Crime • Community activists fear Latinos are overrepresented in drug busts.
This is an archived article that was published on sltrib.com in 2013, and information in the article may be outdated. It is provided only for personal research purposes and may not be reprinted.
More than a dozen criminal cases that could ultimately be dismissed in 3rd District Court because of unspecified evidentiary problems provide a glimpse into the drug war being played out on Salt Lake County streets.
Most of the 19 cases involve defendants caught with varying amounts of illegal drugs, or who were suspected of dealing drugs. In at least 14 of them, West Valley City detective Shaun Cowley played an active role in the investigations.
Cowley likely is the police officer to whom Salt Lake County District Attorney Sim Gill was referring when he moved to dismiss the 19 cases as part of an ongoing investigation into a West Valley City police officer. Gill, who didn't identify Cowley, said he took that unusual step because "we no longer believe we have sufficient credible evidence with which to obtain a conviction."
While Gill didn't identify Cowley, the veteran officer was named as central to those 19 cases by Melissa Kennedy, whose daughter, Danielle Willard, was shot and killed by Cowley and another officer after an alleged drug deal on Nov. 2, 2012.
And the Utah Fraternal Order of Police, responding to a media report identifying Cowley as the officer involved in the 19 cases, said it was confident he would be exonerated.
A review of the dismissed cases, which were filed between 2009 and 2012, shows Cowley used confidential informants and sometimes worked alone on drug cases. In some of them, evidence Cowley said he obtained during the investigations was instrumental in charges being filed.
In one case from January 2012, documents describe Cowley's pursuit of Cristian Barrera-Barron, a suspected drug dealer. The car chase ended in a dead-end street in West Valley City, where the suspect began fleeing on foot. Cowley reported he found 3.4 grams of heroin in Barrera-Barron's front seat and on the floor of his car while other officers pursued the suspect.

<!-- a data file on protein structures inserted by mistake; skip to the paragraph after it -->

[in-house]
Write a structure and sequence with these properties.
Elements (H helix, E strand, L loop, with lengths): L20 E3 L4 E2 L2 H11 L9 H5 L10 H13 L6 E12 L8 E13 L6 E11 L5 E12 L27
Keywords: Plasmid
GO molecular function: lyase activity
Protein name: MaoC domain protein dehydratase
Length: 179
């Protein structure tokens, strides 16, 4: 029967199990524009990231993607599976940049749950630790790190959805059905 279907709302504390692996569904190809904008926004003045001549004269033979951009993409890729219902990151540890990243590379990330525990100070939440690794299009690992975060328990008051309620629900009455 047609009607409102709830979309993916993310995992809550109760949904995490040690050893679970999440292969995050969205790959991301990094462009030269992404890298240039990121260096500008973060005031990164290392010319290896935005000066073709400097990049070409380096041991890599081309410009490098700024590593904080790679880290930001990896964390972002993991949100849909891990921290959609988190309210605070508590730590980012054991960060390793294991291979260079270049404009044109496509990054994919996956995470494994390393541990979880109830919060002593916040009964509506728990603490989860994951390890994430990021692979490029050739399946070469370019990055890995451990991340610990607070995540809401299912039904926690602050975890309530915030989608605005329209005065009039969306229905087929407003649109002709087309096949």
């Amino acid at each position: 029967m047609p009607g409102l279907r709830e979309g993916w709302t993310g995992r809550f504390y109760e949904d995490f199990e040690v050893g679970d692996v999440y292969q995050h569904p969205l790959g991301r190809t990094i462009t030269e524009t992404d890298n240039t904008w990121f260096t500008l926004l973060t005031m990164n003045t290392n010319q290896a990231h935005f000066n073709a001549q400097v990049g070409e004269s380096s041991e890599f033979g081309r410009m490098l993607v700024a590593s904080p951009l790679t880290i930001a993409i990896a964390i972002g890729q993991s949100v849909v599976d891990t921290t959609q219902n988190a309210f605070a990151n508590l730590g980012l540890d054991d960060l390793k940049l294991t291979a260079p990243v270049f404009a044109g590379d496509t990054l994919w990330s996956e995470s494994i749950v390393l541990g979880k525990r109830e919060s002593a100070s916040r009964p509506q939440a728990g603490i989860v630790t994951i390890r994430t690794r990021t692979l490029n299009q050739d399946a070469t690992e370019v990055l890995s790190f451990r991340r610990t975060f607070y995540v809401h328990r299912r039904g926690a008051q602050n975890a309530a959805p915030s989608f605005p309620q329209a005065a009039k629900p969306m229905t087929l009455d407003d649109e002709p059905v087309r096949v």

In another case, Cowley approached a car after suspecting that the man inside, Noe Guadalupe-Hernandez, had purchased drugs from a confidential informant. The man tried to swallow small balloons full of heroin upon seeing Cowley and began hitting the detective when Cowley tried to get Hernandez to stop, court documents state.
Another detective used a stun gun on the suspect, who spit out some of the balloons. Cowley then deployed his own stun gun on Hernandez, causing him to spit out more drugs.
A handful of the 19 cases include co-defendants who already had been adjudicated before the dismissal motions were filed.
In one case filed in 2011, police targeted suspected drug dealers Cody Butts and Ignacio Zepeda-Guadarrama. According to court documents, a West Valley City officer watched what appeared to be a drug buy between the two men in a car in September 2010. When officers tried to pull over the vehicle, a high-speed chase ensued.
When the vehicle eventually stopped in the middle of an intersection, Zapeda-Guadarrama and Butts fled on foot before police caught them. Officers reportedly found 26 balloons of heroin in the car, along with cocaine, a pellet gun and a machete. Zapeda-Guadarrama's 2011 case is among the 19 being dismissed. Butts wasn't so lucky; he took a plea bargain and spent six months in jail.
Court documents do not explain Cowley's role in that case; the arrest report was written by Officer David Jenson.
The fact that so many of the defendants in the 19 dismissed cases have Latino surnames worries community activists fearful of racial profiling. In a news conference Friday, the Utah Coalition of La Raza (UCLR) and Proyecto Latino de Utah called on the feds to also investigate the unusual mass case dismissal.
Tony Yapias, of Proyecto Latino de Utah, said he has contacted the U.S. Department of Justice in Denver and intends to contact other federal agencies, including the FBI.
"People are afraid, afraid of what's going to happen to them," Yapias said at the news conference. He said he has been in touch with at least one woman who until this week had been facing two felony-level drug charges and a misdemeanor count of providing false information to a police officer. "She says, 'I didn't do anything.' "
Yapias stressed that he does not know the facts of the cases beyond what's revealed in the charges and is not accusing anyone of racial profiling at this point. But Latinos are incarcerated at nearly double the rate of whites, according to a 2007 study.